Home' Trinidad and Tobago Guardian : December 18th 2014 Contents DECEMBER 2014 • WEEK THREE www.guardian.co.tt BUSINESS GUARDIAN
REGIONAL | BG21
Anew report by the International
Labour Organisation (ILO) has
found an "unusual pattern" in this
year s urban employment rate in
Latin America and the Caribbean,
which continued to fall despite
warning signs of economic slowdown.
The ILO report titled "Labour Overview for Latin
America and the Caribbean 2014," noted that the
region s urban unemployment rate may reach 6.3 per
cent in 2015, which means that there will be some
500,000 more without jobs.
"There are warning signs," said Elizabeth Tinoco,
the ILO s regional director. "The concern is that we
are creating fewer jobs despite unemployment remain-
ing at a low level," she added.
Although unemployment has not risen due to this
slowdown in growth, there has been a sharp reduction
of new jobs reflected in the employment rate, which
fell by 0.4 percentage points to 55.7 per cent in the
third quarter of 2014.
"This means that at least one million (fewer) jobs
have been created," Tinoco said.
The ILO said that this "scenario of uncertainty"
comes after a decade in which the region enjoyed
significant economic growth. The unemployment
rate dipped to record lows and allowed for a higher
quality of jobs.
The urban unemployment rate of young people
dropped from 14.5 per cent to 14 per cent but still
remains between 2 and 4 times higher than that for
adults. What s more, the unemployment rate for
women is 30 per cent higher than that for men, and
47 per cent of urban workers work in the informal
"Many people who temporarily left the workforce
in 2014 will return to search for a job next year,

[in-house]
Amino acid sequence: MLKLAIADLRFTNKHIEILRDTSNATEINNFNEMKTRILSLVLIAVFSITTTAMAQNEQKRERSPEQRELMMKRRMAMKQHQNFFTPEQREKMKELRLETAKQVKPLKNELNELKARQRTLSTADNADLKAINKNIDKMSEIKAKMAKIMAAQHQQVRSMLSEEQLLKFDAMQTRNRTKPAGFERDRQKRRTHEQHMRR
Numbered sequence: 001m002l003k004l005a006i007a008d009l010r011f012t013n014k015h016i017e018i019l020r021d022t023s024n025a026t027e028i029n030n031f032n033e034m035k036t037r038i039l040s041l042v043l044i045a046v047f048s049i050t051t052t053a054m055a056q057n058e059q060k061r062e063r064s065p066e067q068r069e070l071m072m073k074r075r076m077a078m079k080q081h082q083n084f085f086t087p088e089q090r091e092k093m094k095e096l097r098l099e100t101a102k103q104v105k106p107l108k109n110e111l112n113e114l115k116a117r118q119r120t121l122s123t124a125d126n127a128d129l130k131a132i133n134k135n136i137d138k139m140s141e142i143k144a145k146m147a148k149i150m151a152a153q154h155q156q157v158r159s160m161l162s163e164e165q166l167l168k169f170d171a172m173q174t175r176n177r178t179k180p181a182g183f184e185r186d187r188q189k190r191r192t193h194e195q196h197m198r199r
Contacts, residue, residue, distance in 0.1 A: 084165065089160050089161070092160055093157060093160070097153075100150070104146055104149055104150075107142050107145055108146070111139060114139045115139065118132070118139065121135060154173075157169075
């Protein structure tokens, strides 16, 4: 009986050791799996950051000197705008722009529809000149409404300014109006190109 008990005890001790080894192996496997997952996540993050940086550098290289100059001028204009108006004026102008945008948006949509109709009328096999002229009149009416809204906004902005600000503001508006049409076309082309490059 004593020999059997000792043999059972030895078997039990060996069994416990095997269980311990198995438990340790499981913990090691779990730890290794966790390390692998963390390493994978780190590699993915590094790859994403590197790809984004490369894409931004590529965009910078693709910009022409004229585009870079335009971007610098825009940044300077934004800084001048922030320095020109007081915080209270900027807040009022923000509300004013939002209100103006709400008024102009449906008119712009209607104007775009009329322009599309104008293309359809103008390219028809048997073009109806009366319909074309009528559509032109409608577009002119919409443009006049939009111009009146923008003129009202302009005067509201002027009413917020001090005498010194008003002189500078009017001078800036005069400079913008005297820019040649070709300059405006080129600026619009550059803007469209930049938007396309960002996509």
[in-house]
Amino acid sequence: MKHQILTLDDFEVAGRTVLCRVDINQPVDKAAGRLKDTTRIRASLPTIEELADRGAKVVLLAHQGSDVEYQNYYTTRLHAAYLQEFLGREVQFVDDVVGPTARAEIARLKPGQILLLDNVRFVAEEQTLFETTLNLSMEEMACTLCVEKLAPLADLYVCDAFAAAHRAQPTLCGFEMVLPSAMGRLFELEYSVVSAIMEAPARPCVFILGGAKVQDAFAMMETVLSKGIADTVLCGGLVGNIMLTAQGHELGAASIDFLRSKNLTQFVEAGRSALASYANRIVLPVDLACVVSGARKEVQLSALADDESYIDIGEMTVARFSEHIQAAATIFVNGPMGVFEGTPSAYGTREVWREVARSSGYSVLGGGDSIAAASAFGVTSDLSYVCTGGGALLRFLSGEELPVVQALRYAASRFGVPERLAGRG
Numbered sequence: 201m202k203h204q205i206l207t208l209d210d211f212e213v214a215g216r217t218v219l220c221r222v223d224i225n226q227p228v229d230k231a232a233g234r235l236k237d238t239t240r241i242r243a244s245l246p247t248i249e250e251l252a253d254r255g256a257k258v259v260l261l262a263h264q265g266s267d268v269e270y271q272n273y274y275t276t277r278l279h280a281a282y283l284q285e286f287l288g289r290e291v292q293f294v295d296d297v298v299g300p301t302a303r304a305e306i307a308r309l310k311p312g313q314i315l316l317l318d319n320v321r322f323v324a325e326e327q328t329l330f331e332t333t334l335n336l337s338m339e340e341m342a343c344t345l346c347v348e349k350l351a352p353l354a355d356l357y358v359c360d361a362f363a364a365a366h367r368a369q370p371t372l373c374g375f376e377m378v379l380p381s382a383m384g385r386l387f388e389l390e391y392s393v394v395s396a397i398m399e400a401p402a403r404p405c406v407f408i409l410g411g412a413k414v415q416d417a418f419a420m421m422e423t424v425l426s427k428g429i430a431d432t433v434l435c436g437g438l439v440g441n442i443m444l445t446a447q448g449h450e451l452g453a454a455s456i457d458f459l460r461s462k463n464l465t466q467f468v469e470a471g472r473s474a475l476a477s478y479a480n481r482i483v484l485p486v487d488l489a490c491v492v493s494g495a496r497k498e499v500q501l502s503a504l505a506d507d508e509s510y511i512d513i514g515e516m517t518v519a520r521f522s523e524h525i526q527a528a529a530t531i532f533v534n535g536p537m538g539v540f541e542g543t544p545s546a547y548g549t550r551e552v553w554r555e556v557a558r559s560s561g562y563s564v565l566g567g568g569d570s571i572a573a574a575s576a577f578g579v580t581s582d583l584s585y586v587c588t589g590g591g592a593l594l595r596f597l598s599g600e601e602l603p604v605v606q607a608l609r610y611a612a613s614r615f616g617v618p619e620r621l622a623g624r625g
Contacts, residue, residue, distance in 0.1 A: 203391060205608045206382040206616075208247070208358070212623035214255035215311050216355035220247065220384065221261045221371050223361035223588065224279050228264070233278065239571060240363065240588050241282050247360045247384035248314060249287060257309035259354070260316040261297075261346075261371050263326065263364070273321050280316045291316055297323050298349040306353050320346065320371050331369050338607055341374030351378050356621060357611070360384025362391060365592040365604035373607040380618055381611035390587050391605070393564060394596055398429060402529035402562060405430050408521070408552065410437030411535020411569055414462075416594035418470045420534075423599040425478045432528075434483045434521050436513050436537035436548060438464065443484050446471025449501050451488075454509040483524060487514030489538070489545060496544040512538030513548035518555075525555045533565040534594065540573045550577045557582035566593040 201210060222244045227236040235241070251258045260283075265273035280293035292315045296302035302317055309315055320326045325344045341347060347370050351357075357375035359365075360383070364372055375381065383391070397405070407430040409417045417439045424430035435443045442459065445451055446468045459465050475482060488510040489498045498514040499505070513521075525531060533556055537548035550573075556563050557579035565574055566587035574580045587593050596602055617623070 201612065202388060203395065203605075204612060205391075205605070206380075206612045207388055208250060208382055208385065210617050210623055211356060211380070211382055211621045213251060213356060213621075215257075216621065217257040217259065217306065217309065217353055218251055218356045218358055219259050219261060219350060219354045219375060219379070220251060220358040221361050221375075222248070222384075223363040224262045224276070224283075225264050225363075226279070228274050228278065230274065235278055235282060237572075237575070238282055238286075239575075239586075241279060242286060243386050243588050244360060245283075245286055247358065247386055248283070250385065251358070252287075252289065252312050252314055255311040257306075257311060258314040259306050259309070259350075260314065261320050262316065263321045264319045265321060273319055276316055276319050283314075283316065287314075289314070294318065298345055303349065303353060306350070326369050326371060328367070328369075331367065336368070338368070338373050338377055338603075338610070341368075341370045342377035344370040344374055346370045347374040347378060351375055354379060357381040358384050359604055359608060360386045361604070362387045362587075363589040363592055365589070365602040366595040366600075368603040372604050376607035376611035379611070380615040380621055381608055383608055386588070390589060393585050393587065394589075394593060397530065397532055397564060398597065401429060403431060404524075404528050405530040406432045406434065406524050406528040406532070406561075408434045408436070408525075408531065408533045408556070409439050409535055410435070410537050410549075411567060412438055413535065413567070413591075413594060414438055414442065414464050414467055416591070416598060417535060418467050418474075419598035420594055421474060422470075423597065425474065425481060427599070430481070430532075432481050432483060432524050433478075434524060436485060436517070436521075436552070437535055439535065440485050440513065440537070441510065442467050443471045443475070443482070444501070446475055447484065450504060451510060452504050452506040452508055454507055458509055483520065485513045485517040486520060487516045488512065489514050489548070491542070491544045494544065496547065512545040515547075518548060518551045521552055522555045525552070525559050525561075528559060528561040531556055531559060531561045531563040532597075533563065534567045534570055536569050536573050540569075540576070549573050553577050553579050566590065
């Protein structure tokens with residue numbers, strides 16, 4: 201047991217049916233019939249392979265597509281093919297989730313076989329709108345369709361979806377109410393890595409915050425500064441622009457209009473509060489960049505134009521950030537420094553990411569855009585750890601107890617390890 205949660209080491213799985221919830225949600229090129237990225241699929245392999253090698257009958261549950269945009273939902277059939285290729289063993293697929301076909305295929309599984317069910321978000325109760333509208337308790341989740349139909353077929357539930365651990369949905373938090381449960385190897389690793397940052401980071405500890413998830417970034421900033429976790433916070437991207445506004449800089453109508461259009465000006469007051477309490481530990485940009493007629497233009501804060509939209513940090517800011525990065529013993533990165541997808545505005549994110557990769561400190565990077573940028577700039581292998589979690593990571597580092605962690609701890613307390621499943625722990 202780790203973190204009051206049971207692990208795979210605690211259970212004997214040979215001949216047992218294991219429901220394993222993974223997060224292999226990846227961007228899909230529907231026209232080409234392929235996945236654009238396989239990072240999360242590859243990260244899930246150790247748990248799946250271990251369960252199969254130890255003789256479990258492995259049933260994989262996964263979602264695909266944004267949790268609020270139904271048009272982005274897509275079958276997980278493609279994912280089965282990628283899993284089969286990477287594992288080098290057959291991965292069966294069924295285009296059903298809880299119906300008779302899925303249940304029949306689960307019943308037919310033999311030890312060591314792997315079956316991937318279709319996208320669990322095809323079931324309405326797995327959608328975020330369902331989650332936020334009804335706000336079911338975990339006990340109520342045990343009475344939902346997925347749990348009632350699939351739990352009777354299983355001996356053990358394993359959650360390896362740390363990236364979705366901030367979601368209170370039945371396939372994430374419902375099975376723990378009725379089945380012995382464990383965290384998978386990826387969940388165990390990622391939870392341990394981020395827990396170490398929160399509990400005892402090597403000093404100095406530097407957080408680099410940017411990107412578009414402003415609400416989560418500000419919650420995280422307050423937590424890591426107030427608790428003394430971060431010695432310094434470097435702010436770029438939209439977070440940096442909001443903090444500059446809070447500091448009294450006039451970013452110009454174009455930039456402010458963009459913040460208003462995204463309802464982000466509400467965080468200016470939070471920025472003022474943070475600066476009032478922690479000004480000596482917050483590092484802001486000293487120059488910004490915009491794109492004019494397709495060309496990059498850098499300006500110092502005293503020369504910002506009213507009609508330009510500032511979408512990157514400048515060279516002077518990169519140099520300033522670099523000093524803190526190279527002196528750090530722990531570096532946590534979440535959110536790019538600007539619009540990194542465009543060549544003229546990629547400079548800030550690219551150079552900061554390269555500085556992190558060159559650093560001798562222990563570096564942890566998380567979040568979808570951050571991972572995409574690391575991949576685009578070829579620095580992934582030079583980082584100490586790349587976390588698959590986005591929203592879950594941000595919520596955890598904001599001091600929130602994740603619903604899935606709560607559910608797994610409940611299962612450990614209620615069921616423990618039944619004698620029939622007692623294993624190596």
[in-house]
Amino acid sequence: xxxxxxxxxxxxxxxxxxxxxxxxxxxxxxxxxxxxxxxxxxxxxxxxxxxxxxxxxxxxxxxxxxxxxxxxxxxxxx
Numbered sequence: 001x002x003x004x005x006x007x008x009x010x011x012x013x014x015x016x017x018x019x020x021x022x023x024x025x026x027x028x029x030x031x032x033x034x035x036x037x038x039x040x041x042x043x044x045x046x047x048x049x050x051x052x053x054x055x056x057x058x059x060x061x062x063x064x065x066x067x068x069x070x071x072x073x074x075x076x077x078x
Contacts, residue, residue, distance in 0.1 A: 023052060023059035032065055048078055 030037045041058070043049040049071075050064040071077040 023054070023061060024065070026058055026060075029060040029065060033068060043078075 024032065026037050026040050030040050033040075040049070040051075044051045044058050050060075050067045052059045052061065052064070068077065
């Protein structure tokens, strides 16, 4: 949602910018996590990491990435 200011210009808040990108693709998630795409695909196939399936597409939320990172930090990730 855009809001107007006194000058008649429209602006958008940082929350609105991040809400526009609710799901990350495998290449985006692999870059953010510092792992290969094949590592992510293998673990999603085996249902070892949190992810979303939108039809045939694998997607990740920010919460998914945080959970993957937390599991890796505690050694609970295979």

together with young people entering the labour market.
The region will have to create nearly 50 million jobs
over the coming decade, just to offset demographic
growth," Tinoco said, adding "we are talking about
almost 15 million people unemployed.
"So we have to face the huge challenge of rethinking
strategies to push growth and a productive transfor-
mation of the economy to foster economic and social
inclusion through the labour market," Tinoco said.
The ILO is calling on countries in the region to
prepare for the possibility of a labour market which
has to take specific measures to stimulate employment
and protect individual incomes.
The former director general of
the Organisation of Eastern
Caribbean States (OECS), Dr
Len Ishmael, says the
Caribbean will never achieve
the status of economic
resilience, as long as the international com-
munity insists on graduating it to middle
income status at the level of the European
Partnership Agreement (EPA) negotiations.
Ishmael, who is now the OECS Ambas-
sador to Belgium and the European Union,
told the Caribbean Media Corporation (CMC)
that European Development Funds (EDF)
have been very important to the sub-region
having been used as budgetary support at
both the national and sub-regional levels.
"In the case of St Kitts Nevis these funds
have been vital through trade windows
accompanying measures that seek to cushion
the shock with the loss of the sugar market,
and in the case of the Windwards, the banana
market," she told CMC on the sidelines of
the just completed 100th African Caribbean
and Pacific (ACP) Ministerial Summit.
But she said that over time, the islands
have been graduated to middle income coun-
tries, given the fact the European Union has
been using gross domestic product (GDP)
per capital to undertake fresh comparative
analysis with the rest of the world.
Ishmael told CMC that with that middle
income status comes the loss of several priv-
ileges, and access to concessionary financing
which inevitably makes capital more and
As a result, she contends the islands are
required to engage in commercial ventures
so as to attract capital and loans which have
been critical to support their development.
"We argue strenuously in this theatre that
GDP as a means of speaking to the health
and wealth of our countries is a bit of an
artifice when you are dealing with islands
that are naturally small.
"The fact that we are small mean that
there are systemic vulnerabilities that come
with our size, the fact that we have been
able to emerge from cycles of real poverty,